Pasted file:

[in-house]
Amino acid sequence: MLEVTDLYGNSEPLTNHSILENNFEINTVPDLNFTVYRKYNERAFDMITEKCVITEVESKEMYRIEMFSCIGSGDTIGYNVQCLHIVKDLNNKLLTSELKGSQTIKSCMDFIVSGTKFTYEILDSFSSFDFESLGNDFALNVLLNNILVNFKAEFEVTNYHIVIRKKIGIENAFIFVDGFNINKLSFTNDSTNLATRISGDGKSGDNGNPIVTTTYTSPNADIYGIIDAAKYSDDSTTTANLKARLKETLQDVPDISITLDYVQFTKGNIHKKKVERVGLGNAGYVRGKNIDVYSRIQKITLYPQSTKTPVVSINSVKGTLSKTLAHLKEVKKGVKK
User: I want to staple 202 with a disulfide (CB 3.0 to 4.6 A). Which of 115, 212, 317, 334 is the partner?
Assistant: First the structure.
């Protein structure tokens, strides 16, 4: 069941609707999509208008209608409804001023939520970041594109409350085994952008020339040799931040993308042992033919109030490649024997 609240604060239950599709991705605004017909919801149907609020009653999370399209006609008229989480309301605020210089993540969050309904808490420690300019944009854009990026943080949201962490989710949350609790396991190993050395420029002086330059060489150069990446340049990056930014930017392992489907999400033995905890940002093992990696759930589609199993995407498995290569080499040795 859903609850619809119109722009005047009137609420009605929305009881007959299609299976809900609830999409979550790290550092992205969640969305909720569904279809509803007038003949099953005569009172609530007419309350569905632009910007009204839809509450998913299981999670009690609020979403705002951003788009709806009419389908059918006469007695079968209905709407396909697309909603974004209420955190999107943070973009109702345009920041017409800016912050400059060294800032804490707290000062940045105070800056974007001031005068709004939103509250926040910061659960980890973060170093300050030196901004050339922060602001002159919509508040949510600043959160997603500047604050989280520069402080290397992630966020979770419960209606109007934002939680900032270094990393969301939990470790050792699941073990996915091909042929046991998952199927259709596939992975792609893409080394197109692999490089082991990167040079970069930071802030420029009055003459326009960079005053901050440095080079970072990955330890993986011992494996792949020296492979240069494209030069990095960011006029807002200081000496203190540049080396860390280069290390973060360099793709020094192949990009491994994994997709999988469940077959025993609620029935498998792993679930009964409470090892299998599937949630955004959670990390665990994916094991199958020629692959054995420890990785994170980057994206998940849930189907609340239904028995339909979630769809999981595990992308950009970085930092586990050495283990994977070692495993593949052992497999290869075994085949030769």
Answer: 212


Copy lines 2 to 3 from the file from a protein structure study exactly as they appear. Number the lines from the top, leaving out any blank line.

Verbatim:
Amino acid sequence: MLEVTDLYGNSEPLTNHSILENNFEINTVPDLNFTVYRKYNERAFDMITEKCVITEVESKEMYRIEMFSCIGSGDTIGYNVQCLHIVKDLNNKLLTSELKGSQTIKSCMDFIVSGTKFTYEILDSFSSFDFESLGNDFALNVLLNNILVNFKAEFEVTNYHIVIRKKIGIENAFIFVDGFNINKLSFTNDSTNLATRISGDGKSGDNGNPIVTTTYTSPNADIYGIIDAAKYSDDSTTTANLKARLKETLQDVPDISITLDYVQFTKGNIHKKKVERVGLGNAGYVRGKNIDVYSRIQKITLYPQSTKTPVVSINSVKGTLSKTLAHLKEVKKGVKK
User: I want to staple 202 with a disulfide (CB 3.0 to 4.6 A). Which of 115, 212, 317, 334 is the partner?